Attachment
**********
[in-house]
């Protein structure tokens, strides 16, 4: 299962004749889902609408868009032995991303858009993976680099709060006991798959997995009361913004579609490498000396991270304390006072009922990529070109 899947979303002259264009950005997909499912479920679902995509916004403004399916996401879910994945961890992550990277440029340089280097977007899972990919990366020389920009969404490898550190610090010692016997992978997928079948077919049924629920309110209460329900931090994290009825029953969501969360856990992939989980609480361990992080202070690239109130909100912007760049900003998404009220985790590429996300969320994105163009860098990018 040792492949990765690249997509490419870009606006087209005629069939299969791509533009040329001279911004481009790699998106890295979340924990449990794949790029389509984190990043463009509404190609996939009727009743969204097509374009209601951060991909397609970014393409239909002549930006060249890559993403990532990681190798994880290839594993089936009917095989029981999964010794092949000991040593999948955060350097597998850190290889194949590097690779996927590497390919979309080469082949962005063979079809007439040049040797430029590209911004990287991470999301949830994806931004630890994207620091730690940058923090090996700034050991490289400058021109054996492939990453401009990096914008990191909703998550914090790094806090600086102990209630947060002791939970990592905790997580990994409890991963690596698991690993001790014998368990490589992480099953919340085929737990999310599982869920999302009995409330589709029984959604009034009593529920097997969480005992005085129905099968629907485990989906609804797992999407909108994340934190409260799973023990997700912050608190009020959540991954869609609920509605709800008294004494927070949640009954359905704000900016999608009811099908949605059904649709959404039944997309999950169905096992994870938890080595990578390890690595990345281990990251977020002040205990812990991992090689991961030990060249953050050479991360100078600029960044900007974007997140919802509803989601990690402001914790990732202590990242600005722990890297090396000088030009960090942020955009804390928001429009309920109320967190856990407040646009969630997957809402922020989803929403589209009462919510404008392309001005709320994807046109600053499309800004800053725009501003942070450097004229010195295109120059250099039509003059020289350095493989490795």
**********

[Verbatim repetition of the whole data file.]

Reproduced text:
[in-house]
């Protein structure tokens, strides 16, 4: 299962004749889902609408868009032995991303858009993976680099709060006991798959997995009361913004579609490498000396991270304390006072009922990529070109 899947979303002259264009950005997909499912479920679902995509916004403004399916996401879910994945961890992550990277440029340089280097977007899972990919990366020389920009969404490898550190610090010692016997992978997928079948077919049924629920309110209460329900931090994290009825029953969501969360856990992939989980609480361990992080202070690239109130909100912007760049900003998404009220985790590429996300969320994105163009860098990018 040792492949990765690249997509490419870009606006087209005629069939299969791509533009040329001279911004481009790699998106890295979340924990449990794949790029389509984190990043463009509404190609996939009727009743969204097509374009209601951060991909397609970014393409239909002549930006060249890559993403990532990681190798994880290839594993089936009917095989029981999964010794092949000991040593999948955060350097597998850190290889194949590097690779996927590497390919979309080469082949962005063979079809007439040049040797430029590209911004990287991470999301949830994806931004630890994207620091730690940058923090090996700034050991490289400058021109054996492939990453401009990096914008990191909703998550914090790094806090600086102990209630947060002791939970990592905790997580990994409890991963690596698991690993001790014998368990490589992480099953919340085929737990999310599982869920999302009995409330589709029984959604009034009593529920097997969480005992005085129905099968629907485990989906609804797992999407909108994340934190409260799973023990997700912050608190009020959540991954869609609920509605709800008294004494927070949640009954359905704000900016999608009811099908949605059904649709959404039944997309999950169905096992994870938890080595990578390890690595990345281990990251977020002040205990812990991992090689991961030990060249953050050479991360100078600029960044900007974007997140919802509803989601990690402001914790990732202590990242600005722990890297090396000088030009960090942020955009804390928001429009309920109320967190856990407040646009969630997957809402922020989803929403589209009462919510404008392309001005709320994807046109600053499309800004800053725009501003942070450097004229010195295109120059250099039509003059020289350095493989490795």